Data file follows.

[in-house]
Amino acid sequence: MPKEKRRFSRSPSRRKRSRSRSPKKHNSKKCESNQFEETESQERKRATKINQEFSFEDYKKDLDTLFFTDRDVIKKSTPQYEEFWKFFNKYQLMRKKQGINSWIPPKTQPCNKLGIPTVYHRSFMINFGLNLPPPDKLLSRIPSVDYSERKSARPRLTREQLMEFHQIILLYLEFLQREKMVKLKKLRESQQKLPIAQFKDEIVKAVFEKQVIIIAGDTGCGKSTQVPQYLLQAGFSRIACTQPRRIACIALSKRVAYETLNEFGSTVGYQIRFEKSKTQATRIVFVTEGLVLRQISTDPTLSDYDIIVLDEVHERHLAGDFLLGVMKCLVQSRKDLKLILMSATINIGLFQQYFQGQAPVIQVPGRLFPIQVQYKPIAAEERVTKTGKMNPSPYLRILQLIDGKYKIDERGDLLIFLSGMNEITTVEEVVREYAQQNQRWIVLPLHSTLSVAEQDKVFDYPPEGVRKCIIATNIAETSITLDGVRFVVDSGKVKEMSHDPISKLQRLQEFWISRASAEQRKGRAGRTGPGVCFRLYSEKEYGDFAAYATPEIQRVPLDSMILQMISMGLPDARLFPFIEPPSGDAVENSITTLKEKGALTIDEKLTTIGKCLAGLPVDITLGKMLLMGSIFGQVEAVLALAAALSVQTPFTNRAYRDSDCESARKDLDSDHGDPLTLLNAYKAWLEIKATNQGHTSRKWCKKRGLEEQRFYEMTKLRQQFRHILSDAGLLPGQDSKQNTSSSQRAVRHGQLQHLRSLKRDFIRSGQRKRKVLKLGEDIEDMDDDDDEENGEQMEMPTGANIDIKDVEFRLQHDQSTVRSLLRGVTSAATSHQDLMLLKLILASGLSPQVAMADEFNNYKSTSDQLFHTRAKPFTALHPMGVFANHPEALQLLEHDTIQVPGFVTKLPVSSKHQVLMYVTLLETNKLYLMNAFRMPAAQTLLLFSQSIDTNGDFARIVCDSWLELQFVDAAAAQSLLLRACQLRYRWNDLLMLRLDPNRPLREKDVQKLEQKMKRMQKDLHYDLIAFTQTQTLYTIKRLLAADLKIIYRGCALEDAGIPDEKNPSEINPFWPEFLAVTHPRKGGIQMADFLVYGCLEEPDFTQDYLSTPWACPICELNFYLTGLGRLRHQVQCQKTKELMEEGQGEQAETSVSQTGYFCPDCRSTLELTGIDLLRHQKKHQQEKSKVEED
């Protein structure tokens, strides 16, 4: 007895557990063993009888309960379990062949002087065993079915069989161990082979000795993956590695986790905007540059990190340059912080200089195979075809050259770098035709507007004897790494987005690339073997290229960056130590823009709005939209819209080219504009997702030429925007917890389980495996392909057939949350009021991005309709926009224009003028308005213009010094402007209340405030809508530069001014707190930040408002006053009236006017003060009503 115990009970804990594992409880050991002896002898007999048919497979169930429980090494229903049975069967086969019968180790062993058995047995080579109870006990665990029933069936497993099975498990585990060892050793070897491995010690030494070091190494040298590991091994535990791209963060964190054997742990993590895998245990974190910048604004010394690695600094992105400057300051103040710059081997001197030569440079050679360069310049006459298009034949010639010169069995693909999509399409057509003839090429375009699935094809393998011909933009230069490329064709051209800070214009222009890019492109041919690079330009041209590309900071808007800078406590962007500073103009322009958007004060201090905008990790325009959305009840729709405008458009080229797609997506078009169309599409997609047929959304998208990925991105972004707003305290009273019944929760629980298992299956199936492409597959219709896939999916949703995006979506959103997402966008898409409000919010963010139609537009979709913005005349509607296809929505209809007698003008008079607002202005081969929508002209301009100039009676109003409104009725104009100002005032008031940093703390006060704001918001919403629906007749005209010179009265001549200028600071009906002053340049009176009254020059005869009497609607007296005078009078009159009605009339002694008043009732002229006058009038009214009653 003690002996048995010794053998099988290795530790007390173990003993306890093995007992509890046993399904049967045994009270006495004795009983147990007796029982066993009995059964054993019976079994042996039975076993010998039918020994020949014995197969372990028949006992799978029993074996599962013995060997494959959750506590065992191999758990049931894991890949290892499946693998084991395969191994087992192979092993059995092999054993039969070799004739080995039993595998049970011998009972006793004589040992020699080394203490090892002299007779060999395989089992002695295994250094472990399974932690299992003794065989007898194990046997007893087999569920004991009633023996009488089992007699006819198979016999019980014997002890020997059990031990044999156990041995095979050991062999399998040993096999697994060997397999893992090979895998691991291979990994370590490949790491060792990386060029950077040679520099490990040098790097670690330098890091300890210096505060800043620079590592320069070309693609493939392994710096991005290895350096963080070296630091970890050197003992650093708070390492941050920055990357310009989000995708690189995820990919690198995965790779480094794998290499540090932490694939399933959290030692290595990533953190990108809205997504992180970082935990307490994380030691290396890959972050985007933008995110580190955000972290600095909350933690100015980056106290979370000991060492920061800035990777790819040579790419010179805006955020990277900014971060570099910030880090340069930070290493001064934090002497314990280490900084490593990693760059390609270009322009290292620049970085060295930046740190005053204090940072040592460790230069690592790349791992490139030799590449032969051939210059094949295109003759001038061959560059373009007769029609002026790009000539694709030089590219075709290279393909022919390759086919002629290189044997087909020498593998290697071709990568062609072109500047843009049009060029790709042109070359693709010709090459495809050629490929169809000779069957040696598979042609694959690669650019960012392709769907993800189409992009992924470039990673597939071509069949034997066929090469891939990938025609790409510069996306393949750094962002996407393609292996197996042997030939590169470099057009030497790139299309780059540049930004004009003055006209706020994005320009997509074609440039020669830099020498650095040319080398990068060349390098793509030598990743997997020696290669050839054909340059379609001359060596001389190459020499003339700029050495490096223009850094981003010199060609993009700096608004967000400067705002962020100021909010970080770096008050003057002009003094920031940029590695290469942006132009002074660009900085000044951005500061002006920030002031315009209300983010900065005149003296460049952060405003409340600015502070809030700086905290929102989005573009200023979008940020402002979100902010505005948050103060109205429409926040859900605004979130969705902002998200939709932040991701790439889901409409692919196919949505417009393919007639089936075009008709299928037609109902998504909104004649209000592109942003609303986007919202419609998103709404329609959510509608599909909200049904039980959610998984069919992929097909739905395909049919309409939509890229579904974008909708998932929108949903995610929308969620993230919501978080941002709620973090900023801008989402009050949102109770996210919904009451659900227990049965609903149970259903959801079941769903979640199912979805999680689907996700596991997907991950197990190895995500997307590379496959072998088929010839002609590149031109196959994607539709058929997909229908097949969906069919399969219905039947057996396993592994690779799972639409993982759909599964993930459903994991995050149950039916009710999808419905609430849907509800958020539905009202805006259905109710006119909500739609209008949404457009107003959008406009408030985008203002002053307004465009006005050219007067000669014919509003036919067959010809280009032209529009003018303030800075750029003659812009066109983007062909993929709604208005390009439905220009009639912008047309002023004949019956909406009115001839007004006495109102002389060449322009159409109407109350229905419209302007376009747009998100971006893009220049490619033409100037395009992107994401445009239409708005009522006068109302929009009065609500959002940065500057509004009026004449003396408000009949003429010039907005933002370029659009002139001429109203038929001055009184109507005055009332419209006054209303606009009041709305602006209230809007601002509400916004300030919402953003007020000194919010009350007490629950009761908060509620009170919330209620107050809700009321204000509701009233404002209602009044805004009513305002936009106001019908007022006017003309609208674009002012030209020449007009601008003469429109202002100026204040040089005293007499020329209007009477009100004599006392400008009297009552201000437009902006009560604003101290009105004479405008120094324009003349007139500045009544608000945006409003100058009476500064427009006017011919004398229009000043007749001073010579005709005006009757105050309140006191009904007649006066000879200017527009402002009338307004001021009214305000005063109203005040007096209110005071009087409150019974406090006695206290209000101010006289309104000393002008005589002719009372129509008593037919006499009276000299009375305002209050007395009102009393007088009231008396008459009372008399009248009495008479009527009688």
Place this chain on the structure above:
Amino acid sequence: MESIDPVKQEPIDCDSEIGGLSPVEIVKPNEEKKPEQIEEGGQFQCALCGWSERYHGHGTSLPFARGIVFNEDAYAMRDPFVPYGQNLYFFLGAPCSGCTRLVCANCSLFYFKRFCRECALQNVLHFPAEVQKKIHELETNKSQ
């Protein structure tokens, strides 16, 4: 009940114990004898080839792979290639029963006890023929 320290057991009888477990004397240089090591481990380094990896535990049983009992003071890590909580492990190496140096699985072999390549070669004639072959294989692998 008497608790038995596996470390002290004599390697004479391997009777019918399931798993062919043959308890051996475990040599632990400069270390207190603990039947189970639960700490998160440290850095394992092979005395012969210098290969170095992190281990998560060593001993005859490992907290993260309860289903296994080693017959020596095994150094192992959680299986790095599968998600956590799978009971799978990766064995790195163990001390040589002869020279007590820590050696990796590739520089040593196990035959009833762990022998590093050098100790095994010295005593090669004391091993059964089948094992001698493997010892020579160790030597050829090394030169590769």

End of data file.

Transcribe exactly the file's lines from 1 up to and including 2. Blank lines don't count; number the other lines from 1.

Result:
[in-house]
Amino acid sequence: MPKEKRRFSRSPSRRKRSRSRSPKKHNSKKCESNQFEETESQERKRATKINQEFSFEDYKKDLDTLFFTDRDVIKKSTPQYEEFWKFFNKYQLMRKKQGINSWIPPKTQPCNKLGIPTVYHRSFMINFGLNLPPPDKLLSRIPSVDYSERKSARPRLTREQLMEFHQIILLYLEFLQREKMVKLKKLRESQQKLPIAQFKDEIVKAVFEKQVIIIAGDTGCGKSTQVPQYLLQAGFSRIACTQPRRIACIALSKRVAYETLNEFGSTVGYQIRFEKSKTQATRIVFVTEGLVLRQISTDPTLSDYDIIVLDEVHERHLAGDFLLGVMKCLVQSRKDLKLILMSATINIGLFQQYFQGQAPVIQVPGRLFPIQVQYKPIAAEERVTKTGKMNPSPYLRILQLIDGKYKIDERGDLLIFLSGMNEITTVEEVVREYAQQNQRWIVLPLHSTLSVAEQDKVFDYPPEGVRKCIIATNIAETSITLDGVRFVVDSGKVKEMSHDPISKLQRLQEFWISRASAEQRKGRAGRTGPGVCFRLYSEKEYGDFAAYATPEIQRVPLDSMILQMISMGLPDARLFPFIEPPSGDAVENSITTLKEKGALTIDEKLTTIGKCLAGLPVDITLGKMLLMGSIFGQVEAVLALAAALSVQTPFTNRAYRDSDCESARKDLDSDHGDPLTLLNAYKAWLEIKATNQGHTSRKWCKKRGLEEQRFYEMTKLRQQFRHILSDAGLLPGQDSKQNTSSSQRAVRHGQLQHLRSLKRDFIRSGQRKRKVLKLGEDIEDMDDDDDEENGEQMEMPTGANIDIKDVEFRLQHDQSTVRSLLRGVTSAATSHQDLMLLKLILASGLSPQVAMADEFNNYKSTSDQLFHTRAKPFTALHPMGVFANHPEALQLLEHDTIQVPGFVTKLPVSSKHQVLMYVTLLETNKLYLMNAFRMPAAQTLLLFSQSIDTNGDFARIVCDSWLELQFVDAAAAQSLLLRACQLRYRWNDLLMLRLDPNRPLREKDVQKLEQKMKRMQKDLHYDLIAFTQTQTLYTIKRLLAADLKIIYRGCALEDAGIPDEKNPSEINPFWPEFLAVTHPRKGGIQMADFLVYGCLEEPDFTQDYLSTPWACPICELNFYLTGLGRLRHQVQCQKTKELMEEGQGEQAETSVSQTGYFCPDCRSTLELTGIDLLRHQKKHQQEKSKVEED